Academic journal article Social Alternatives

The Obverse and Reverse Sides of Precariousness in Italy: Young Highly Skilled Workers between Passions and Skill Mismatch

Academic journal article Social Alternatives

The Obverse and Reverse Sides of Precariousness in Italy: Young Highly Skilled Workers between Passions and Skill Mismatch

Article excerpt


Much recent scholarly debate has focused on how processes of deregulation and flexibilisation are transforming traditional work arrangements (Arum and Muller 2004; Kalleberg 2009). In recent decades, an increasing variety of atypical employment relationships - such as part-time work, fixed-term contracts, temp-agency work and self-employment (without employees) - has eroded the 'standard employment relationship' traditionally embodied in a (male) employee on an open-ended and full-time contract who enjoys the full protection of labour law and the welfare system such as minimum wages or collective agreements, working time legislation, a redundancy fund, social security (Walthéry and Vielle 2004; Castel 2009). Inspection of the European labour markets shows that this process has followed a skill-centred strategy in Central and North European countries and an age-targeted strategy in the Mediterranean ones. Consequently, in Southern Europe the phenomenon of over-qualification among young people is considerable and their educational level does not provide a guarantee against unemployment and/or precarious employment (Samek Lodovici and Semenza 2012; Murgia and Poggio 2014). The main outcome has been the creation of strongly segmented insider/outsider labour markets, between highly protected jobs (traditional work positions) and highly flexible jobs (internships, short-term contracts, solo self-employment). This segmentation drives the growth of new forms of social inequality, especially in the Bismarckian Central and Southern European welfare states (Blossfeld et al. 2005; Häusermann and Schwander 2012).

This article discusses the particular case of Italy, which is distinguished by being one of the European countries that records the worst results both for young people who obtain a university degree and the rate of youth unemployment. In order to gain deeper understanding of the precarious working conditions and of the misalignment between educational levels and the lack of high-skilled occupations, the precariousness experienced by young highly-educated workers in Italy is presented. As discussed in Armano and Murgia (2013), precariousness should be conceptualised solely, or even necessarily, in relation to temporary jobs, but as a process which is shaping contemporary forms of subjectivity as a whole. Work precariousness is particularly evident in temporary, discontinuous, and uncertain employment relations, characterising a structural condition tied to work and the employment contract. However, a conceptual shift is necessary to bring a focus upon 'social precariousness', a term which better describes an experiential state that permeates the entire lives of individuals (Murgia 2010).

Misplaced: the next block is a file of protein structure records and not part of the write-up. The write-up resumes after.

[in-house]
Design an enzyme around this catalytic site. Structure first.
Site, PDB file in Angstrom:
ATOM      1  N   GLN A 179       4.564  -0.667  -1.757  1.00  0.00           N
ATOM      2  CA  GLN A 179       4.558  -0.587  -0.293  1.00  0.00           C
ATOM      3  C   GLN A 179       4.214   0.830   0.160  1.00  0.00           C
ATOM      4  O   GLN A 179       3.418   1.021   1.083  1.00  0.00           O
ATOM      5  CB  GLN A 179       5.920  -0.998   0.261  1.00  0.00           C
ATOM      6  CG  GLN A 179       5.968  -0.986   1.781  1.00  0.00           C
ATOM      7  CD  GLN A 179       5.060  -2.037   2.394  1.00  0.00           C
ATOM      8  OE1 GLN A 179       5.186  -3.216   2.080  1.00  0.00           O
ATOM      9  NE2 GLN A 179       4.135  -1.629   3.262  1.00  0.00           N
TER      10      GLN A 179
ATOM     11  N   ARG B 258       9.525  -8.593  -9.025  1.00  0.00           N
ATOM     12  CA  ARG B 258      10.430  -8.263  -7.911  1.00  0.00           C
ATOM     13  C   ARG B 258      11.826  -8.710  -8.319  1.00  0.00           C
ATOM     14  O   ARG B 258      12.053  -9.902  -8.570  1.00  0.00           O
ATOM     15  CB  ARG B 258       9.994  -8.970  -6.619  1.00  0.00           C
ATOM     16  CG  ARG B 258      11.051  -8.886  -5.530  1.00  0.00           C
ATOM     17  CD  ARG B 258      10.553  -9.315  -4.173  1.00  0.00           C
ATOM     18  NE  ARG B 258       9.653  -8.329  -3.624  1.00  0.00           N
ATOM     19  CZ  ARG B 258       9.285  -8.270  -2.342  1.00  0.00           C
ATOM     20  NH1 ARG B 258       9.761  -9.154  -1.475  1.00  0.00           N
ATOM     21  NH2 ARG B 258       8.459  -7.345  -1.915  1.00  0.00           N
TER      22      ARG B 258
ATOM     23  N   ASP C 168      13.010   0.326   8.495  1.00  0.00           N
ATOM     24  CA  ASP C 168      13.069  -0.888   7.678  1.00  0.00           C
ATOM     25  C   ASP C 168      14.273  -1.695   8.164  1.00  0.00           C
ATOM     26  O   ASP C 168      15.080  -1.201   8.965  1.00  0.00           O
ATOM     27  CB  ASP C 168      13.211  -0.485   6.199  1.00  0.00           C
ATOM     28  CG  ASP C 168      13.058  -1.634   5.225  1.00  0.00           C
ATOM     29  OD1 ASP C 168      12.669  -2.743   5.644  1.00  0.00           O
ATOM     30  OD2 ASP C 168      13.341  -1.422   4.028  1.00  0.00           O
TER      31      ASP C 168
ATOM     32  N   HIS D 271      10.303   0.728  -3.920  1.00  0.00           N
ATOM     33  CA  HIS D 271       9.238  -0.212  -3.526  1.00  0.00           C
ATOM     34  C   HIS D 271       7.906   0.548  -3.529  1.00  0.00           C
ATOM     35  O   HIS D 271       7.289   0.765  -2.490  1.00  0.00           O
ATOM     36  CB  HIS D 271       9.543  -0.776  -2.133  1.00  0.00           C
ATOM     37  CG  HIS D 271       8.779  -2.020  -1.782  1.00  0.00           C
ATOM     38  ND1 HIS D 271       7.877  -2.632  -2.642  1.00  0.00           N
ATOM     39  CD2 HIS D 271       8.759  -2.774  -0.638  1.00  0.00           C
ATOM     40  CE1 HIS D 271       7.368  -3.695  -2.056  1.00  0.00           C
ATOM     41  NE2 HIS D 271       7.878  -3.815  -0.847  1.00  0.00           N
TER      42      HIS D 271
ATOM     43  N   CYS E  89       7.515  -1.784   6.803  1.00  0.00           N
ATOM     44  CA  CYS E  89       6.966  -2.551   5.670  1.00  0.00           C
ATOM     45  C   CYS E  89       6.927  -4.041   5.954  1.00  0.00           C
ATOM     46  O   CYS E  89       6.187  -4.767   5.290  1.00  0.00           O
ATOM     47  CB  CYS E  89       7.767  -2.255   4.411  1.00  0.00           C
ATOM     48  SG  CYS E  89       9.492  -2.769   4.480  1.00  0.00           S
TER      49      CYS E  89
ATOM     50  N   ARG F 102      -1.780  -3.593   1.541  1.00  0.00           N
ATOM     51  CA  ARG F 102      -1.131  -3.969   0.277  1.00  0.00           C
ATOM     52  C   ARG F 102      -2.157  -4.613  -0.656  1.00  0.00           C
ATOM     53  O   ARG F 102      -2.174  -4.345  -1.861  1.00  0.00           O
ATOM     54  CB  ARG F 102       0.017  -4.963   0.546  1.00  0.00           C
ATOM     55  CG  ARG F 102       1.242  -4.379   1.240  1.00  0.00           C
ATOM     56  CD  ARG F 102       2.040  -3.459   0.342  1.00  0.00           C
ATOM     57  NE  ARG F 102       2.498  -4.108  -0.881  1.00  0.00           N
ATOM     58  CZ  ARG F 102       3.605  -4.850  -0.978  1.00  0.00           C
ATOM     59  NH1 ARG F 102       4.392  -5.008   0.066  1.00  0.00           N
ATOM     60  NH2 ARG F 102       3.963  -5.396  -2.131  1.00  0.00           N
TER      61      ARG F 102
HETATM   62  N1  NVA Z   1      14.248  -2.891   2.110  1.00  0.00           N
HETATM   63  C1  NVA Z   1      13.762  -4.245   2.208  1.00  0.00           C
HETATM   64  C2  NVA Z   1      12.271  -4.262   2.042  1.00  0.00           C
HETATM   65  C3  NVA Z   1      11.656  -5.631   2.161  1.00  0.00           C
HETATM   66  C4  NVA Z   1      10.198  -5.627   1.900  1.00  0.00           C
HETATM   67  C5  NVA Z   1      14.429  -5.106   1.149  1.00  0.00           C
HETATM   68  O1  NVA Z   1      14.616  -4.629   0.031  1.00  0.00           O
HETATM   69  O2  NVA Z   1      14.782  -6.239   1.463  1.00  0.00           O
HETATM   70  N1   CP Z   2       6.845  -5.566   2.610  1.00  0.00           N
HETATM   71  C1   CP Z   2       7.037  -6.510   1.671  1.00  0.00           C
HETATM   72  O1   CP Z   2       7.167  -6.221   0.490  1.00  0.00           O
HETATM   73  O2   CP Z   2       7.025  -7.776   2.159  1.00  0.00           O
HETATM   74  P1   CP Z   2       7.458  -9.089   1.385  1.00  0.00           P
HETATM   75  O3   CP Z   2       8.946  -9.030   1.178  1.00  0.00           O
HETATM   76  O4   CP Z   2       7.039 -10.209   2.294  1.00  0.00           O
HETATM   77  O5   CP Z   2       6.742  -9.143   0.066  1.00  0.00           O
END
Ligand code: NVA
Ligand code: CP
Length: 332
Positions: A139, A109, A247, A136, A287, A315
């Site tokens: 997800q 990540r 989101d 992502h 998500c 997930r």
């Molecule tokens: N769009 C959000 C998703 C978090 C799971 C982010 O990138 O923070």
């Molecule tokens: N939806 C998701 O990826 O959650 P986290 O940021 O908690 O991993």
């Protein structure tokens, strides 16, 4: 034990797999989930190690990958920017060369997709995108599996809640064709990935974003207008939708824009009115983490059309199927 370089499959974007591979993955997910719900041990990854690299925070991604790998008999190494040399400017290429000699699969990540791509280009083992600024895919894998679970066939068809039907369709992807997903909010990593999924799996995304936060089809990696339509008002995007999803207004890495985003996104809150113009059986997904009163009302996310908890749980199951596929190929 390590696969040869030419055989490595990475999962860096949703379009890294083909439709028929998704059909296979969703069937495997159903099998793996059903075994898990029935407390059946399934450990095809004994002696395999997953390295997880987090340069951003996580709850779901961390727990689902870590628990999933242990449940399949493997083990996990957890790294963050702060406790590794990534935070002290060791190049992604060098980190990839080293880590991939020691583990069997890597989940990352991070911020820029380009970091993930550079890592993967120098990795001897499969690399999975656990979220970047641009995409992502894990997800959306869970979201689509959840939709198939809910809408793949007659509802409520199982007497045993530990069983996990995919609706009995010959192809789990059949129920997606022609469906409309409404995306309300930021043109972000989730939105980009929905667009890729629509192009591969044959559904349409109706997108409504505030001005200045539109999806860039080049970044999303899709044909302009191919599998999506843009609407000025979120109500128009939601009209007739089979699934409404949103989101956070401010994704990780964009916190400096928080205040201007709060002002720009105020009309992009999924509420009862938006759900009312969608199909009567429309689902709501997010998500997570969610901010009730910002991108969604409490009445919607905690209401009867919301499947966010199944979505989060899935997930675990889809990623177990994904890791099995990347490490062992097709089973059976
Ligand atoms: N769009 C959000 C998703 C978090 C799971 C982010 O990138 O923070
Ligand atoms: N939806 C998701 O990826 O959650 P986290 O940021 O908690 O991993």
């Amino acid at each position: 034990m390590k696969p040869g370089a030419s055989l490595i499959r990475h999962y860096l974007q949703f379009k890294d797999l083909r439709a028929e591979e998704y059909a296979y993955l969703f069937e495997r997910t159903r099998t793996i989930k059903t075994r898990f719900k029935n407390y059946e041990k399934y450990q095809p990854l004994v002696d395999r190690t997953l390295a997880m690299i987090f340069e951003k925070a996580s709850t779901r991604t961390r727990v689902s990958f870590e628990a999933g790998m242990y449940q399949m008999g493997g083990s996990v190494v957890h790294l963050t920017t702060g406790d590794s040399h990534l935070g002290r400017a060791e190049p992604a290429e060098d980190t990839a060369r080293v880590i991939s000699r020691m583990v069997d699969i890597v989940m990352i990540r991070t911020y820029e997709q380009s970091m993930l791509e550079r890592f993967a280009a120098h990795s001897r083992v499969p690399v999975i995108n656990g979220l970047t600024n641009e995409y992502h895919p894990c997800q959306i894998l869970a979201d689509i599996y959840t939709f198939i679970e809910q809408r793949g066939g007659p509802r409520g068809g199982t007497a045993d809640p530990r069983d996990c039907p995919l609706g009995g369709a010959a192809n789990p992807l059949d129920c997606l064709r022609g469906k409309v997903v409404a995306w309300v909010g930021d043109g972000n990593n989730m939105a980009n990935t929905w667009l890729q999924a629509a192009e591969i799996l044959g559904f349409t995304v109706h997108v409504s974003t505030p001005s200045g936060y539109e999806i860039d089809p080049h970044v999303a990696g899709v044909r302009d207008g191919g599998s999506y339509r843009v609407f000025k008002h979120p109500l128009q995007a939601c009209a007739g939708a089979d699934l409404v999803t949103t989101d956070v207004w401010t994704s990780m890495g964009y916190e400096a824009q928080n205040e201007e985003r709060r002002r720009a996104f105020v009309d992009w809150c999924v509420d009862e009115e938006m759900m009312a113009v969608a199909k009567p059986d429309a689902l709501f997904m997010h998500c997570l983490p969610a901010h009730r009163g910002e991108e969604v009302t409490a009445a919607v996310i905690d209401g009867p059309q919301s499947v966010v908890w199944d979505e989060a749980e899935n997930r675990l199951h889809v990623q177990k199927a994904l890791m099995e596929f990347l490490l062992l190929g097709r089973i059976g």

This article addresses the above issues as follows. First, the general framework of the Italian context is described. Second, the methodological approach is briefly presented. Then, the analysis of the collected narratives is presented, which focuses on everyday working lives on the one hand, and on future expectations on the other. The conclusion discusses existing work/ employment conditions and the multiple facets of precariousness which seem to deny both young-adults with under-qualified jobs and also, albeit in different ways, young highly-educated workers involved in so-called knowledge-based activities, their working and life perspectives.

Higher Education and Employment in Italy: An Overview

One of the main Europe 2020 targets is to raise to at least 40 per cent the share of the population aged 30 to 34 that has completed tertiary or equivalent education. However, the proportion of graduates in this age group varies considerably across Europe. According to the Eurostat (Eurostat 2014), in 2013 Northern and Central Europe had the highest percentage of tertiary graduates with 16 countries exceeding the overall EU target of 40%, while the lowest levels of below 25% were recorded in Italy and Romania. …

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